They were encouraged in their beliefs by Walter Douglas of Bisbee, in charge of Phelps Dodge interests in Arizona, who arrived in his private car on the eleventh and held a day-long conference with the governor.  Before he left he made a speech, reported in the Record:

There will be no compromise because you cannot compromise with a rattlesnake.  That goes for both the International Union and the I. W. W.’s…It is up to the individual communities to drive these agitators out as has been done in other communities.32

The Globe city council acted first.  In a bold move it outlawed public meetings “Due to the strike, violence and destruction of property by the IWW.”  Under the new ordinance it was forbidden to “deliver a public speech…without a permit from the city marshal” or to sing, beat drums, play musical instruments or make unusual noise in the streets.33  Lawbreakers were subject to sentences of ten to ninety days in jail and fines of up to $30.

The Loyalty League went into action next.  The first meeting was held on July 6 with 500 zealots present.  Editor Hogue of the Record approved.  “The main object of the Loyalty League is to eliminate the IWW,” he declared, “to put an end to their activities and suppress their future meetings.”  His conclusion was, “Exterminate the IWW!”34

At the League’s July 18th meeting it was resolved that League merchants would put identifying cards in their store windows, that members would make and wear buttons, and that in the course of future meetings each one would turn in the names of IWW agitators and sympathizers who had come to his attention.35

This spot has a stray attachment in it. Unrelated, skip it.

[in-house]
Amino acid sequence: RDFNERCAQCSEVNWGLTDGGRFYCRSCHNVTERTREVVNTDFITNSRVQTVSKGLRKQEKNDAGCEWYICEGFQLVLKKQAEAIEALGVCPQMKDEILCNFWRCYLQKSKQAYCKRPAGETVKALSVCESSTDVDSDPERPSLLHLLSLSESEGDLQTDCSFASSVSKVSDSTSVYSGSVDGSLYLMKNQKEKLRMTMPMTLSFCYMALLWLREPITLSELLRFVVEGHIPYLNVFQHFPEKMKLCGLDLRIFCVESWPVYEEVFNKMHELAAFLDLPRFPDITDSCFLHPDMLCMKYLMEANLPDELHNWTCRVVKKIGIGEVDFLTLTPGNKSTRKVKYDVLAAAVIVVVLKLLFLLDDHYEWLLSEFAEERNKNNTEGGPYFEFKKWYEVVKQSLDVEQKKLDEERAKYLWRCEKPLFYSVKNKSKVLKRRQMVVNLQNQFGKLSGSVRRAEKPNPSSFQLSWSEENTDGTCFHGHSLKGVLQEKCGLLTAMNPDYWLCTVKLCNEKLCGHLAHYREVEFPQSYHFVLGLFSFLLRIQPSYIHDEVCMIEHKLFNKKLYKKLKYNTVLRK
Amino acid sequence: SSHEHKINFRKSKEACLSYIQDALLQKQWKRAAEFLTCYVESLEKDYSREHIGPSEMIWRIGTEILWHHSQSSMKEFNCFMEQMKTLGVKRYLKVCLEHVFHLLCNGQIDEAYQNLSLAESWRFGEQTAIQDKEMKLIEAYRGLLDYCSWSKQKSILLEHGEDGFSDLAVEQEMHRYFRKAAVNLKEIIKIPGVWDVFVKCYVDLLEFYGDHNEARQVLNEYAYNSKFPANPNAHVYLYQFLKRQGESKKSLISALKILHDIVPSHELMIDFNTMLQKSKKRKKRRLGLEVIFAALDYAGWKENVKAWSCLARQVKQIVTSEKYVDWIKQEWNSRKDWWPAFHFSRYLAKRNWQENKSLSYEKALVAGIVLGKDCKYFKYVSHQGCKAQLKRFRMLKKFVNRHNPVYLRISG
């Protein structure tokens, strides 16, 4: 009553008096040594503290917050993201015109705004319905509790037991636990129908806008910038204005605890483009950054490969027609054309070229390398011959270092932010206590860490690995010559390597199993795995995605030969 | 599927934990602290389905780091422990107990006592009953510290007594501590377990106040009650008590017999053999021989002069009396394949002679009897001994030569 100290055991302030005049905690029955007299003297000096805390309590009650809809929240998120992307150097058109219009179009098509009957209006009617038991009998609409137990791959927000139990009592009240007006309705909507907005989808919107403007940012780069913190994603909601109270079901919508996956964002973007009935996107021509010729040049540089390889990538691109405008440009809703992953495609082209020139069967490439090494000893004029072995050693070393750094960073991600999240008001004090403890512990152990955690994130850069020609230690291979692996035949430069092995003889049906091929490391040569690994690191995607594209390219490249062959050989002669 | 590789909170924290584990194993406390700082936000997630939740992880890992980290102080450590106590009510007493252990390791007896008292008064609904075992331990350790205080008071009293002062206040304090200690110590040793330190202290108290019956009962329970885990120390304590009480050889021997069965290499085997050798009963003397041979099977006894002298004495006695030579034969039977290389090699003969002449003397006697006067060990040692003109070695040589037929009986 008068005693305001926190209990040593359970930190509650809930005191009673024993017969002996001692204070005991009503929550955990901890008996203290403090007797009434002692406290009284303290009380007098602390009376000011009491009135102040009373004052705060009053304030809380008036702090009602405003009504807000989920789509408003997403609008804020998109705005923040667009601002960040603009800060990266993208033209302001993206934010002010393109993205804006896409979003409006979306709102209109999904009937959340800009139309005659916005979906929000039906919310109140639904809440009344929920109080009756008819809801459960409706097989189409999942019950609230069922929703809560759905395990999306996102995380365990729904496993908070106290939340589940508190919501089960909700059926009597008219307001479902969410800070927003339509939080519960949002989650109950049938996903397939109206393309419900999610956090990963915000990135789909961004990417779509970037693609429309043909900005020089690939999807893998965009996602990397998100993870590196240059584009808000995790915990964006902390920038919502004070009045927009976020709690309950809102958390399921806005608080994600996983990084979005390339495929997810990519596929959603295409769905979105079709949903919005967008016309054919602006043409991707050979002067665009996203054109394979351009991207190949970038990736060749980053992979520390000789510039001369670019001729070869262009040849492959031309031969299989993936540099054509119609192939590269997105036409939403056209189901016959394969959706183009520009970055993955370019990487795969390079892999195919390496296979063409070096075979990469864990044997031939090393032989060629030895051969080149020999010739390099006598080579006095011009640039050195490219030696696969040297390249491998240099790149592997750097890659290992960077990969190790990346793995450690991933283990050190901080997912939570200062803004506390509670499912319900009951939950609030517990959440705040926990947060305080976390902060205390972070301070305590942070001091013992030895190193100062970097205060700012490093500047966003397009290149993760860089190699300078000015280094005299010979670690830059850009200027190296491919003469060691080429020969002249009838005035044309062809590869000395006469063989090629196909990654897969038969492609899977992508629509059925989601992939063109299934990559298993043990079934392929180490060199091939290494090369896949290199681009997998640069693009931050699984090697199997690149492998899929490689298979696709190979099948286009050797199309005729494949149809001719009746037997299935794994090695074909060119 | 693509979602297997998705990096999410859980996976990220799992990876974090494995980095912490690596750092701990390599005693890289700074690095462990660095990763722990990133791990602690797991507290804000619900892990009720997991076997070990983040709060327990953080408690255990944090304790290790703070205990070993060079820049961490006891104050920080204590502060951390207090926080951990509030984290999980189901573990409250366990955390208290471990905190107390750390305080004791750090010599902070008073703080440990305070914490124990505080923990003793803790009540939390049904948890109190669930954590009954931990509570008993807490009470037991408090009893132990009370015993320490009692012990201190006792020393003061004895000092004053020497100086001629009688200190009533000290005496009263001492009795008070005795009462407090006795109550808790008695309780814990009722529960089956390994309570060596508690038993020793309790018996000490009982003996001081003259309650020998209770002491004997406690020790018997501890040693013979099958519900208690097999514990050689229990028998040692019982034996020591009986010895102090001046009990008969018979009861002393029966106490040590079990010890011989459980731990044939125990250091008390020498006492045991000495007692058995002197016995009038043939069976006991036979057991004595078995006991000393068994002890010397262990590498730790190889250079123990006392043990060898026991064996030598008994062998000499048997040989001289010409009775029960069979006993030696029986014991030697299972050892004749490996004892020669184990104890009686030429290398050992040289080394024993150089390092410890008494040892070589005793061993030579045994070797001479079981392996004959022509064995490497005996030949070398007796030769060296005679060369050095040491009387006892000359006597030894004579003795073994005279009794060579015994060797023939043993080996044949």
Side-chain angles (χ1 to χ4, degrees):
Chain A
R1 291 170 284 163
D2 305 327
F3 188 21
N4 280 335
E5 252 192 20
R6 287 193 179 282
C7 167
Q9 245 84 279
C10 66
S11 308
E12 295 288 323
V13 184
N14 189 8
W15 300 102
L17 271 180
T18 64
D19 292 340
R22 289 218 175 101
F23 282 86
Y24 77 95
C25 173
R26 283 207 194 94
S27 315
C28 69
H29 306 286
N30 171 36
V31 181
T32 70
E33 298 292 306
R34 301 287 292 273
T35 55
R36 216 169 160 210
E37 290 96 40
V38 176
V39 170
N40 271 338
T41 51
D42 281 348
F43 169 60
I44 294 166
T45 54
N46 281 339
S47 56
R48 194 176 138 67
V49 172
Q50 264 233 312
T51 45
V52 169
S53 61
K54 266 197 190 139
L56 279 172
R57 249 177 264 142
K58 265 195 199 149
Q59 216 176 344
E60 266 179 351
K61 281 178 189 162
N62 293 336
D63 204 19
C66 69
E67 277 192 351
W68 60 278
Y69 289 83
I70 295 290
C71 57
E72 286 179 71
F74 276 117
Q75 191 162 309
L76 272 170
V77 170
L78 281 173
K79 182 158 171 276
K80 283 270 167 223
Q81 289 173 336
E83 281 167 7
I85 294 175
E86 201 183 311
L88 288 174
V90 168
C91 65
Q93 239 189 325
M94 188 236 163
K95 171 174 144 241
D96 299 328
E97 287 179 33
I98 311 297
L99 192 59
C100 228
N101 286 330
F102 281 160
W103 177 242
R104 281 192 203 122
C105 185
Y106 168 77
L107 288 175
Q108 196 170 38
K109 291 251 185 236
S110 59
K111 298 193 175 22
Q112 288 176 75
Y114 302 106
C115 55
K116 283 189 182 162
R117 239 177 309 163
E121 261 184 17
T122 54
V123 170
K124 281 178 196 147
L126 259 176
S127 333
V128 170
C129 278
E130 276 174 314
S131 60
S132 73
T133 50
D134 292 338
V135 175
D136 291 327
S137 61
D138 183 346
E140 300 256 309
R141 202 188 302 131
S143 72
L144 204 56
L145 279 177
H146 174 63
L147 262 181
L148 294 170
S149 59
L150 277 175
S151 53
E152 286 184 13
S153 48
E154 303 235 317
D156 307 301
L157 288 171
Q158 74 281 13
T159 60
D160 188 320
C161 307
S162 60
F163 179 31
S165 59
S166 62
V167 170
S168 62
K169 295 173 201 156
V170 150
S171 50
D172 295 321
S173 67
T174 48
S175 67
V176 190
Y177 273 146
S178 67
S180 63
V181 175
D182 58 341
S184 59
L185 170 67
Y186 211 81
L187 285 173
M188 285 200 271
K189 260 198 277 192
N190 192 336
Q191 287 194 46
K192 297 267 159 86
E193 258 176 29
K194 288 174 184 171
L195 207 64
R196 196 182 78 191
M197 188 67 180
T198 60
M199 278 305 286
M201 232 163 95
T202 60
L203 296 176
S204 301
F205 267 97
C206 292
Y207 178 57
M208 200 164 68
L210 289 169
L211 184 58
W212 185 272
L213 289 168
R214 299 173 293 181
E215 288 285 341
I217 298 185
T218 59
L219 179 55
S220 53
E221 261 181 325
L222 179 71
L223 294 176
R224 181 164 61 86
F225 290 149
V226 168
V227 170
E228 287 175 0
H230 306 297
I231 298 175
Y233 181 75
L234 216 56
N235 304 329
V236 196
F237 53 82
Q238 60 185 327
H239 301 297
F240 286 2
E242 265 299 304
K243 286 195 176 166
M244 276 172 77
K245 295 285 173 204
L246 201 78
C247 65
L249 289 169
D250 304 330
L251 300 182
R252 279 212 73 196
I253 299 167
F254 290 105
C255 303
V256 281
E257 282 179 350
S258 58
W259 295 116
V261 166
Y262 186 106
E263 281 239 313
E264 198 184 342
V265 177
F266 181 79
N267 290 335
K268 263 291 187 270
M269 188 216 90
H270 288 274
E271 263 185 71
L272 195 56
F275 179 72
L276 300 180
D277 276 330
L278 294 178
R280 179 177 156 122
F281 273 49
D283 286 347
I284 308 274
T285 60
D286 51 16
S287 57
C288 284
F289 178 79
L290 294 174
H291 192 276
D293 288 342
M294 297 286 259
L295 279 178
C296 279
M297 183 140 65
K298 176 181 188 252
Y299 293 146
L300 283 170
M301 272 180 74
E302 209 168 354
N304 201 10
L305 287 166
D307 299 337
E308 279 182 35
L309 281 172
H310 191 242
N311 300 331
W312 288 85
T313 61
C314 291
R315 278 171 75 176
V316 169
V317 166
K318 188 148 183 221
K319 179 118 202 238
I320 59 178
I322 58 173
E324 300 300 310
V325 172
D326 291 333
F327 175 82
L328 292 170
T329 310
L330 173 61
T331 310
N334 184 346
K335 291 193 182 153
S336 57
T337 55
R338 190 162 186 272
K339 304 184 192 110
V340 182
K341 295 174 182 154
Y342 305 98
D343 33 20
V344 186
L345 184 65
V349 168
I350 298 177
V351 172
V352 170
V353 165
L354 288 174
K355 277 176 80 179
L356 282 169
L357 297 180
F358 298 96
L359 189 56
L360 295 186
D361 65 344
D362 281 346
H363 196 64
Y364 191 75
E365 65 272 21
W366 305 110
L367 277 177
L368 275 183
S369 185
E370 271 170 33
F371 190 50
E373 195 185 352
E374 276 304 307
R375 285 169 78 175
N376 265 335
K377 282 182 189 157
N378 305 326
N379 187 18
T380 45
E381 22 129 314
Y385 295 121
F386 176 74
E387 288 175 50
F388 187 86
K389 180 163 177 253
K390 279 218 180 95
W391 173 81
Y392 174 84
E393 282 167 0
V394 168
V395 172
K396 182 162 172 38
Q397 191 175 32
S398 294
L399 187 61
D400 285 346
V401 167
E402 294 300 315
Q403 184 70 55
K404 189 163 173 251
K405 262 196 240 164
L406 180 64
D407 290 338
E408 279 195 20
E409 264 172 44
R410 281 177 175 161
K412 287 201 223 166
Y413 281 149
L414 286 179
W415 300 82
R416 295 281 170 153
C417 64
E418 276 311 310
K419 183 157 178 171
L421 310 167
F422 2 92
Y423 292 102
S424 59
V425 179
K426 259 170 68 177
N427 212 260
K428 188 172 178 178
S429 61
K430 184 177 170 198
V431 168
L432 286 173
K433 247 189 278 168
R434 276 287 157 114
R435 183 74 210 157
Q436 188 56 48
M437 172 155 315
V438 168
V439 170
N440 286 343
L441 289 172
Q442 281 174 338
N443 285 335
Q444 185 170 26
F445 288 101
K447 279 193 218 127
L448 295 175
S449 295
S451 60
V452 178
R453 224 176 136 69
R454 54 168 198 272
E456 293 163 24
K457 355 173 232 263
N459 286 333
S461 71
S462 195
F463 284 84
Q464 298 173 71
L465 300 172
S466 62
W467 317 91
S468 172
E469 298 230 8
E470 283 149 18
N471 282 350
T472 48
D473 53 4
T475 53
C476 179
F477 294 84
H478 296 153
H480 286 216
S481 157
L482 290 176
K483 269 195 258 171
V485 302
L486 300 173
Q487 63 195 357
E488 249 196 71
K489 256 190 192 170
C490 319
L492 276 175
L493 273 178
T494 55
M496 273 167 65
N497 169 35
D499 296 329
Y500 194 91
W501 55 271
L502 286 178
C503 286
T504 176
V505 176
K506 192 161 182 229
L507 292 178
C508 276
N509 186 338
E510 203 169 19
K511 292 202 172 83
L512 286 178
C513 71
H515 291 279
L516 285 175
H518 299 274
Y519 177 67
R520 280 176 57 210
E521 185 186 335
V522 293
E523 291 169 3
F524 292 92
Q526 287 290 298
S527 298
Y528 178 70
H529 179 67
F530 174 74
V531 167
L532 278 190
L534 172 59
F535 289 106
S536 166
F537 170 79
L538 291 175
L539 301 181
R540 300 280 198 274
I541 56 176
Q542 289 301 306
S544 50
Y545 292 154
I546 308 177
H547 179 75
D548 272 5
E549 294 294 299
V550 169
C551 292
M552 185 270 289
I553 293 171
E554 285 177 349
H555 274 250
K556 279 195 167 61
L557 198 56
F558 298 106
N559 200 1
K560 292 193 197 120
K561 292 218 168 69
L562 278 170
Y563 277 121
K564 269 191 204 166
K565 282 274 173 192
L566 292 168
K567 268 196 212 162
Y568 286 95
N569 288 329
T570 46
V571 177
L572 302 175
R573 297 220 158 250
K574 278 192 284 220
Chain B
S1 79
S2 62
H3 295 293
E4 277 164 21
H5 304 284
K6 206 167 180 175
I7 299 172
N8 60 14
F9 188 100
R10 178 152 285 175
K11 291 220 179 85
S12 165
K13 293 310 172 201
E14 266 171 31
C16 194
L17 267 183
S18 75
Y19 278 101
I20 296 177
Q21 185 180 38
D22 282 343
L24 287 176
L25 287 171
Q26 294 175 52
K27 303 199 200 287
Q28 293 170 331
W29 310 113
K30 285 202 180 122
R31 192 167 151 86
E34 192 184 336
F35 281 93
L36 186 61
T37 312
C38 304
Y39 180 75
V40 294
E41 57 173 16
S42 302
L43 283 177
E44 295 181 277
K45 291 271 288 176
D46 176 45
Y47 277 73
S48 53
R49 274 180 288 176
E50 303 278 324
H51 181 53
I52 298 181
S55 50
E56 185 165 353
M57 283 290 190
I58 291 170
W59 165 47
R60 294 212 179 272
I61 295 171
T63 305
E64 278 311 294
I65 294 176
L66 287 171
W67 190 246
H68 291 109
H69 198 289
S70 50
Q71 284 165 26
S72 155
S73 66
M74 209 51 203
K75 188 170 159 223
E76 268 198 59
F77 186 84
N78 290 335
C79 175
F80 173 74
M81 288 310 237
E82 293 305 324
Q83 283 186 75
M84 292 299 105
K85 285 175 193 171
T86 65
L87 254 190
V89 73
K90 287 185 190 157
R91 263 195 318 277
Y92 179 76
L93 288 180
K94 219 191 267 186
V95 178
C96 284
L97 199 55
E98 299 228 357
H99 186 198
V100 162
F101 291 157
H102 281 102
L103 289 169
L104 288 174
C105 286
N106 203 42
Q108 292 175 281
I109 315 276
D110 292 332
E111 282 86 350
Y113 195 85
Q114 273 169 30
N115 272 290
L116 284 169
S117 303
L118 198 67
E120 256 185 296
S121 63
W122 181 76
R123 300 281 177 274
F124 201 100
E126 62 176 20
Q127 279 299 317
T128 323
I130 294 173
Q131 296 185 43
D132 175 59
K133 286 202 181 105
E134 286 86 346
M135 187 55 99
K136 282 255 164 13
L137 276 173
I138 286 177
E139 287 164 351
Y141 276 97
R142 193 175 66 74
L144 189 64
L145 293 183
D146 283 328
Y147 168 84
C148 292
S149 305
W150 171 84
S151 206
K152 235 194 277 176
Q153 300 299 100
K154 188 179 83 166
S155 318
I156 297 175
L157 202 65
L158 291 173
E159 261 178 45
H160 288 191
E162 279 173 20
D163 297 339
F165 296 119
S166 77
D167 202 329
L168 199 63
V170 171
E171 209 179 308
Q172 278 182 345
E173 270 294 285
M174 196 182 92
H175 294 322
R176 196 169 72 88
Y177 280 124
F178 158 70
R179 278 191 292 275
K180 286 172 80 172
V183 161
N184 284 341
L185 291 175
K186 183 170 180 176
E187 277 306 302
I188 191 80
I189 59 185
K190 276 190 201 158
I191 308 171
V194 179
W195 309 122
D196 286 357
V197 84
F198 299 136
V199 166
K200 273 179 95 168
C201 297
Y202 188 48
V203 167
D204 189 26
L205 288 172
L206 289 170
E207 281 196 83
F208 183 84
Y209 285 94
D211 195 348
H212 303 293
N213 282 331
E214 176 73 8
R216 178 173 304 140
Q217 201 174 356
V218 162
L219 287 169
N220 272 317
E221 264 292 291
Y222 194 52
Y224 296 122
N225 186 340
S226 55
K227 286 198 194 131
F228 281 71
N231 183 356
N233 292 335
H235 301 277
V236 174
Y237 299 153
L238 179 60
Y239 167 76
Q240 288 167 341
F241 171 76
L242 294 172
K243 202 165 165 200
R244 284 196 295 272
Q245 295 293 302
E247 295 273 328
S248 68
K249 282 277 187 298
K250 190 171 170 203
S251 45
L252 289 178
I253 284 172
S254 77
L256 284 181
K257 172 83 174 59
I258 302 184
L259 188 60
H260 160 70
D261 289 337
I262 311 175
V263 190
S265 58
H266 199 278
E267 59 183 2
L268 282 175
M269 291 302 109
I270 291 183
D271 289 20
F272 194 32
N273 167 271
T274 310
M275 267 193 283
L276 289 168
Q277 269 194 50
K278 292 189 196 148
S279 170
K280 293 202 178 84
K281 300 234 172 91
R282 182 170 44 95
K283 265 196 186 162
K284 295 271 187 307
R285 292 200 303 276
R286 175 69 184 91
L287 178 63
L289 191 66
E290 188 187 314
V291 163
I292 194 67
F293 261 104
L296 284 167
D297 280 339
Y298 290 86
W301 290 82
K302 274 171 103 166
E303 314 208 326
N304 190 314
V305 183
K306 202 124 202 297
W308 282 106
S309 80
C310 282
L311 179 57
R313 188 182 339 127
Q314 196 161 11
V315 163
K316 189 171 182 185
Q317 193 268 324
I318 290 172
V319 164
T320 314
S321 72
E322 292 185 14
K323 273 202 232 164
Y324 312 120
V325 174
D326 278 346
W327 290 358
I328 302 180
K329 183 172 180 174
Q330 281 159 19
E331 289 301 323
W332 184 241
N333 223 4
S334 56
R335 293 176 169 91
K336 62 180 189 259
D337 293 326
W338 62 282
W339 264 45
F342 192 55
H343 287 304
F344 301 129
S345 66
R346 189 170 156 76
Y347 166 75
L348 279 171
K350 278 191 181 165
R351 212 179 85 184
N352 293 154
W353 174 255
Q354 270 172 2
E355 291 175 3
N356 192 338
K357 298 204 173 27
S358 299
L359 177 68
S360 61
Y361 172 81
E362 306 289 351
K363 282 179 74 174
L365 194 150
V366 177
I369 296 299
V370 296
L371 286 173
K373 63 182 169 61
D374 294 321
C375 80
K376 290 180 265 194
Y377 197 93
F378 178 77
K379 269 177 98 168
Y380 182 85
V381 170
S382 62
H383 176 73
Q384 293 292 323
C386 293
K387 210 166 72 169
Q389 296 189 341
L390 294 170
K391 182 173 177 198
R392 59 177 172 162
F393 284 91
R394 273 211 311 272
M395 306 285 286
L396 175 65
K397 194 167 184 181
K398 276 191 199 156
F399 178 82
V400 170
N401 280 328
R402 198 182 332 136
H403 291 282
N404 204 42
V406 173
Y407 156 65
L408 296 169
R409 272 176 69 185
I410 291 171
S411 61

Meanwhile Sheriff Armer had obtained warrants and arrested eighty-three men charged with rioting on July 2.  These included George Smith and other union leaders.36  “Preliminary hearings will be held July 19 for the 83 accused of rioting, blocking roads, damage to autos and endeavoring to inaugurate a local reign of terror and lawlessness,” the Record reported.37

The union leaders, the article continued, especially Smith, were well supplied with cash at the time of their arrest and paid the $300 required for bond.  The workingmen, unlike their leaders, were unable to pay and therefore languished behind bars.

The workers are bearing the brunt of the strike while the IWW leaders are living off the fat of the land.  All the men are expected to plead not guilty and ask for a trial thus putting the county to more delay and expense.38

Gradually the mines got back into production.  By August 7 they were barely operating but the managers decided against rehiring the strikers, who could have speeded the process up.  Officials were dispatched to Texas and New Mexico to recruit miners and their efforts met with considerable success, according to a report of the Loyalty League:

Hundreds of loyal Americans have arrived from all over the West to work while the strikers are carrying on their futile strike.  This community is filled with American people who believe in loyalty and are more than satisfied with the prevailing working conditions.39

On September 25 George Smith, the union leader, came to trial.40  He was charged with rioting.  The Record had declared itself on the side of the owners and managers, but Editor Hogue was under fire from union sympathizers.  Before the trial began, he wrote:

Though the Arizona Record professes no friendship for Smith…we will endeavor to print the proceedings exactly as they are without bias or prejudice and without any attention to the calumnious statements that have been, and probably will be, circulated against us by those persons who, being adverse to truth and fairness, refuse to believe in the honesty of any person or publication that takes fair issue with them.41